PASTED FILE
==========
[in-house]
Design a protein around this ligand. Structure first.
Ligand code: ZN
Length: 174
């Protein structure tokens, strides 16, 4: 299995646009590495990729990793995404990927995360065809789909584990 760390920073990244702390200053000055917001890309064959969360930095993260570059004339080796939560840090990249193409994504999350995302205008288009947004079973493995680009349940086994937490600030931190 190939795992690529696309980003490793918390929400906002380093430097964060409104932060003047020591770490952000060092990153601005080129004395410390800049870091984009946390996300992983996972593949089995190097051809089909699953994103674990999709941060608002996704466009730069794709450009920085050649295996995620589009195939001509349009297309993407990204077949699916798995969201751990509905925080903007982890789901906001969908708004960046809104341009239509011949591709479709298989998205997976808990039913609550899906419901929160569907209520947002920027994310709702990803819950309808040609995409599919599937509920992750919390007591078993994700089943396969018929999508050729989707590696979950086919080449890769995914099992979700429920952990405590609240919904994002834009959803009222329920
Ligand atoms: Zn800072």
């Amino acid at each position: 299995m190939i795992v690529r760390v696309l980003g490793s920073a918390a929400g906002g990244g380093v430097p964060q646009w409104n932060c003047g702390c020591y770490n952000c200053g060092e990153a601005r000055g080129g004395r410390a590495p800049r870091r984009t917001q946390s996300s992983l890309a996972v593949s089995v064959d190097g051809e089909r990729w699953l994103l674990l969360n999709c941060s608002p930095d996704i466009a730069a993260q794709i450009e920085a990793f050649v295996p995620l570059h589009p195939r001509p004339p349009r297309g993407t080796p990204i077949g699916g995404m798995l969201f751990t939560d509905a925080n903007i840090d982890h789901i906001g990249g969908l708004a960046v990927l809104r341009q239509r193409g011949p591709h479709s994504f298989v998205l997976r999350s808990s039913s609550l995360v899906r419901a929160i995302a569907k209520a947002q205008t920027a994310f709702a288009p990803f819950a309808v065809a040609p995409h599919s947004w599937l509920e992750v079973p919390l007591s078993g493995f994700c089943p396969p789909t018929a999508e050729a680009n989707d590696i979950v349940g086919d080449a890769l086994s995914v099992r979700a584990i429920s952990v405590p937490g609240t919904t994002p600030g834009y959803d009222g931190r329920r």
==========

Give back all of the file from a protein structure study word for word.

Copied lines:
[in-house]
Design a protein around this ligand. Structure first.
Ligand code: ZN
Length: 174
């Protein structure tokens, strides 16, 4: 299995646009590495990729990793995404990927995360065809789909584990 760390920073990244702390200053000055917001890309064959969360930095993260570059004339080796939560840090990249193409994504999350995302205008288009947004079973493995680009349940086994937490600030931190 190939795992690529696309980003490793918390929400906002380093430097964060409104932060003047020591770490952000060092990153601005080129004395410390800049870091984009946390996300992983996972593949089995190097051809089909699953994103674990999709941060608002996704466009730069794709450009920085050649295996995620589009195939001509349009297309993407990204077949699916798995969201751990509905925080903007982890789901906001969908708004960046809104341009239509011949591709479709298989998205997976808990039913609550899906419901929160569907209520947002920027994310709702990803819950309808040609995409599919599937509920992750919390007591078993994700089943396969018929999508050729989707590696979950086919080449890769995914099992979700429920952990405590609240919904994002834009959803009222329920
Ligand atoms: Zn800072």
């Amino acid at each position: 299995m190939i795992v690529r760390v696309l980003g490793s920073a918390a929400g906002g990244g380093v430097p964060q646009w409104n932060c003047g702390c020591y770490n952000c200053g060092e990153a601005r000055g080129g004395r410390a590495p800049r870091r984009t917001q946390s996300s992983l890309a996972v593949s089995v064959d190097g051809e089909r990729w699953l994103l674990l969360n999709c941060s608002p930095d996704i466009a730069a993260q794709i450009e920085a990793f050649v295996p995620l570059h589009p195939r001509p004339p349009r297309g993407t080796p990204i077949g699916g995404m798995l969201f751990t939560d509905a925080n903007i840090d982890h789901i906001g990249g969908l708004a960046v990927l809104r341009q239509r193409g011949p591709h479709s994504f298989v998205l997976r999350s808990s039913s609550l995360v899906r419901a929160i995302a569907k209520a947002q205008t920027a994310f709702a288009p990803f819950a309808v065809a040609p995409h599919s947004w599937l509920e992750v079973p919390l007591s078993g493995f994700c089943p396969p789909t018929a999508e050729a680009n989707d590696i979950v349940g086919d080449a890769l086994s995914v099992r979700a584990i429920s952990v405590p937490g609240t919904t994002p600030g834009y959803d009222g931190r329920r």